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Lessons of the Covid procurement process

4 min read

At the outset of the Covid pandemic, government was granted extraordinary powers by parliament and made extensive use of emergency procurement regulations to award contracts for goods and services without tender. But the need to act fast did not give government licence to act fast and loose.

The Public Accounts Committee (PAC) has been keeping a close watch on the eye-watering sums of taxpayers’ money spent on Covid. By the end of July 2020, more than 8,600 contracts had been awarded, with a value of £18bn. The lion’s share was let by the Department of Health and Social Care with a total value of £16.2bn.

To set this in context, in 2019-20 the department awarded 174 contracts worth £1.1bn, less than seven per cent of the value of contracts it and its national bodies awarded between January and July 2020 in response to the pandemic. By value, the Department for Education’s group was the second largest (£556m), followed by the Cabinet Office (£279m).

But despite these huge sums, the government did not publish contracts in time and kept poor records of why some companies won multimillion-pound contracts. Of the 1,644 contracts awarded across government up to the end of July 2020 with a value more than £25,000, 75 per cent were not published within the 90-day target.

There are nearly 10,000 sea containers of PPE sitting on docksides and in warehouses costing £6.7m a week to store

Ministers have repeatedly argued that worrying about paperwork was not a priority. But the lack of transparency fuelled concern about the fairness of awards. While millions of people were shielding or tightening their belts, the public was rightly concerned to see middlemen earning enough off the back of taxpayer-funded contracts to buy country estates.

The committee has kept a particularly watchful eye on procurement and supply of personal protective equipment (PPE).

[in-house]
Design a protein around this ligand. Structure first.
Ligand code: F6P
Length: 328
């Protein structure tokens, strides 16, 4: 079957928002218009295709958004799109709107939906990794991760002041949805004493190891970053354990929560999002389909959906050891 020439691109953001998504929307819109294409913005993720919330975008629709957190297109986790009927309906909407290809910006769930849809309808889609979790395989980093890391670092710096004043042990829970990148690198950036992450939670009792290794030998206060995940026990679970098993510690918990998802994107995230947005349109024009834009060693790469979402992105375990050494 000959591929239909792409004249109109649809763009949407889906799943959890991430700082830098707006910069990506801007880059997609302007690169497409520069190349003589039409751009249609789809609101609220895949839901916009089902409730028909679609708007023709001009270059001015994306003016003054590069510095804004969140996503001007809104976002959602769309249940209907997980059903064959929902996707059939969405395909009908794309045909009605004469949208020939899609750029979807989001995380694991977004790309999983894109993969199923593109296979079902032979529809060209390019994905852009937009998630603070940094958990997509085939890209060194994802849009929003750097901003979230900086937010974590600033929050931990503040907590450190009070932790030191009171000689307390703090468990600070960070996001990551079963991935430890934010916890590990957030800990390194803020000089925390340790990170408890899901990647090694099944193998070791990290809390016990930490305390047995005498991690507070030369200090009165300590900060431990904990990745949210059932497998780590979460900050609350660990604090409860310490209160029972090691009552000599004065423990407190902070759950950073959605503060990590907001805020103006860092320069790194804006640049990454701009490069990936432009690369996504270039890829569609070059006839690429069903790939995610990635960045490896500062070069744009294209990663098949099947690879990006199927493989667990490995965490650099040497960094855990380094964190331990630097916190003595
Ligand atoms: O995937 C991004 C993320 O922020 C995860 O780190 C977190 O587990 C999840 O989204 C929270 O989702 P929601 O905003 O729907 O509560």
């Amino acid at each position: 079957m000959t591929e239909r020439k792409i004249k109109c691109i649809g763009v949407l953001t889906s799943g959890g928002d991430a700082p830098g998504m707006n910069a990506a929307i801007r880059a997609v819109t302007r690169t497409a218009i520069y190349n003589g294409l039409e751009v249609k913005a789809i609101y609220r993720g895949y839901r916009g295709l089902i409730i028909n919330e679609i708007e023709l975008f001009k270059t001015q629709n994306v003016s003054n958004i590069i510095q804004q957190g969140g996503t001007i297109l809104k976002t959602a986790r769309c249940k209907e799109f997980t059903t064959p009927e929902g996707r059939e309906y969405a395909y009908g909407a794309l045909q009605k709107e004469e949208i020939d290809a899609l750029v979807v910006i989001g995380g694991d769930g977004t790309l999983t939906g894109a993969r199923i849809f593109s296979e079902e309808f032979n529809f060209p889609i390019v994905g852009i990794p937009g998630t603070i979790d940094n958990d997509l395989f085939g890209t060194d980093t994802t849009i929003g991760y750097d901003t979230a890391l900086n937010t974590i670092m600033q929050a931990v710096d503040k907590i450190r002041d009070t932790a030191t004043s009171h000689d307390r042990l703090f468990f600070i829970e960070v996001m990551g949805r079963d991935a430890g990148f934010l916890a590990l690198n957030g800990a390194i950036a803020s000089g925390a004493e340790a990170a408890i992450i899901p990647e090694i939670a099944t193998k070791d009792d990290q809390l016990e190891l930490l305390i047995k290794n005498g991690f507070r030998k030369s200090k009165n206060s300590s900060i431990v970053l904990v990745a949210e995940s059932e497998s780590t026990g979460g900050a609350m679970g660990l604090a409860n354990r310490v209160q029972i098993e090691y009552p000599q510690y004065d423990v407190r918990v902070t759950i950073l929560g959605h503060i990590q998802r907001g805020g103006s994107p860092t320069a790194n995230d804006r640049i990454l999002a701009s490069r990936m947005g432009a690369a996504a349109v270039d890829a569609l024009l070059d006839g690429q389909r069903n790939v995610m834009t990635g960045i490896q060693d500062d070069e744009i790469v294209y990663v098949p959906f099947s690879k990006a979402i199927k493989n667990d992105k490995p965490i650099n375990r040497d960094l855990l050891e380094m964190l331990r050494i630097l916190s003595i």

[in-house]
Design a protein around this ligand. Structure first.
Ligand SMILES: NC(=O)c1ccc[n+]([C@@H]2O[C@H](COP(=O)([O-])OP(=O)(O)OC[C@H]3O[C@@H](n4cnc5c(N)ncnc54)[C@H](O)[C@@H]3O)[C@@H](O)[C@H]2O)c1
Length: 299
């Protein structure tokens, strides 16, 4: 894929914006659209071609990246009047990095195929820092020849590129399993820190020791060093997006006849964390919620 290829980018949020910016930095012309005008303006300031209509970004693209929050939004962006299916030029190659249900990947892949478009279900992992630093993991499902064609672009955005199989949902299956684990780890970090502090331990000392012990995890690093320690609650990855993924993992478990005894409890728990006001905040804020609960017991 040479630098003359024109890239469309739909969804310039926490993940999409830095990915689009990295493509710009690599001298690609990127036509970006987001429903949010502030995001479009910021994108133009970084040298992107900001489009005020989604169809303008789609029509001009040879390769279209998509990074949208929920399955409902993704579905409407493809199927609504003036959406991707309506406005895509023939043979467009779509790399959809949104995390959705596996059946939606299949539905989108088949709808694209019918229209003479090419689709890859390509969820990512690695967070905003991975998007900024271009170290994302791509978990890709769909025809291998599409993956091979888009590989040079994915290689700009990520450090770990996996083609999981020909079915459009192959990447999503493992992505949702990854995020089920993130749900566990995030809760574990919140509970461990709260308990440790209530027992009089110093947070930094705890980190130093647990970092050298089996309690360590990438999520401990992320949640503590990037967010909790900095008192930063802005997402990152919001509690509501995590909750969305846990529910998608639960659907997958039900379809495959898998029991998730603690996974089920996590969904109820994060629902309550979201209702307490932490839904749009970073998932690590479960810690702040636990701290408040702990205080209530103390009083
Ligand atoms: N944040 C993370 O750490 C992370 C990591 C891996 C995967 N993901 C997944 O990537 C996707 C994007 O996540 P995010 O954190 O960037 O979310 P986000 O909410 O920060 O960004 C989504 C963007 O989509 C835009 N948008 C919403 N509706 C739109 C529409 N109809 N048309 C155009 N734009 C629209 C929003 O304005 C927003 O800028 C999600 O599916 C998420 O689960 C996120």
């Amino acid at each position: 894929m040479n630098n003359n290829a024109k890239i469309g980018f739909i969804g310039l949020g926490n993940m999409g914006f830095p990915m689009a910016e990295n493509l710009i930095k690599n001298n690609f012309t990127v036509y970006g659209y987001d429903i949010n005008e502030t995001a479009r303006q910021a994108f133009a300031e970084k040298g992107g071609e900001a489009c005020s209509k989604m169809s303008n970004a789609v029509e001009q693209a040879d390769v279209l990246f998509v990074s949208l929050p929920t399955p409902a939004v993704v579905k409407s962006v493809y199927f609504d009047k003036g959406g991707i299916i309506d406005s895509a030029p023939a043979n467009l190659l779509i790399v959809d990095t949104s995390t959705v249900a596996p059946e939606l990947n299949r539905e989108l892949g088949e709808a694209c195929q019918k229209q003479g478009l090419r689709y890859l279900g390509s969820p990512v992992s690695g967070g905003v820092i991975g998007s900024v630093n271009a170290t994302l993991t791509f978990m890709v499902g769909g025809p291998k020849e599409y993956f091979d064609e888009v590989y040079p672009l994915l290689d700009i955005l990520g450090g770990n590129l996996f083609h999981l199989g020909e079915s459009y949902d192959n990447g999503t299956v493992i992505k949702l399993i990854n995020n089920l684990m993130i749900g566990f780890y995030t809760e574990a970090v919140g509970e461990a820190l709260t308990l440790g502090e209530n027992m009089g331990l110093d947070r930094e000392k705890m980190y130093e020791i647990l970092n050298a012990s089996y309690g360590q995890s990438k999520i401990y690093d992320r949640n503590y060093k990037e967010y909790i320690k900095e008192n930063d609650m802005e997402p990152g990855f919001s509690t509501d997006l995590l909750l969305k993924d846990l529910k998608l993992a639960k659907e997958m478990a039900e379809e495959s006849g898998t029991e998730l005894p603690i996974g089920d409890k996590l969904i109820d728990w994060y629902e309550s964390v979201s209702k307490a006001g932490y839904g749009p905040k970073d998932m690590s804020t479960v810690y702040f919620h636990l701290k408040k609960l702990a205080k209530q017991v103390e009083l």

PPE accounted for 80 per cent of the number of contracts awarded, and 68 per cent of the total value. Across government, more than 6,900 contracts were awarded, totalling £12.3bn. In order to triage offers to supply PPE, the government established a “high-priority lane” for recommendations made through ministers, government officials, MPs, and members of the House of Lords. Records on why these companies were fast-tracked were limited or non-existent.

Ministers remain defensive about their approach, but Whitehall has acknowledged that lessons need to be learnt. The Cabinet Office commissioned and accepted the recommendations of a review by Nigel Boardman into Covid-19 contracts to improve procurement processes and the way government manages actual and perceived conflicts of interest. It also accepted in full the National Audit Office’s recommendations for improving procurement.

While the story over PPE contracts is not yet over (only this month we have been alerted to another instance of an established PPE supplier failing to win a contract), the PAC is turning its attention to the PPE stockpile.

There are nearly 10,000 sea containers of PPE sitting on docksides and in warehouses costing £6.7m a week to store. Around 2.1 billion items have been found to be unsuitable for use in medical settings, equating to more than £2bn of taxpayers’ money.

The government is yet to create any robust plans for repurposing and distributing PPE that is not fit for medical use and has not yet identified where costs could be recovered due to undelivered or substandard PPE.

The PAC recently published a report summarising lessons from its 20 evidence sessions on the government’s response to the pandemic.

One of the key messages that we mustn’t lose sight of is that government is spending hard-earned taxpayers’ money. The storage costs for PPE equates to nearly £350m a year. The entire NHS budget in 2019-20 was £123bn (rising to £149bn in the year of the pandemic). On top of that, £37bn has been allocated to the first two years of Test and Trace. This is serious money. The PAC is clear about its role challenging spending and why transparency and value-for-money has never been more important.


Meg Hillier is the Labour MP for Hackney South and Shoreditch and chair of the Public Accounts Committee. 

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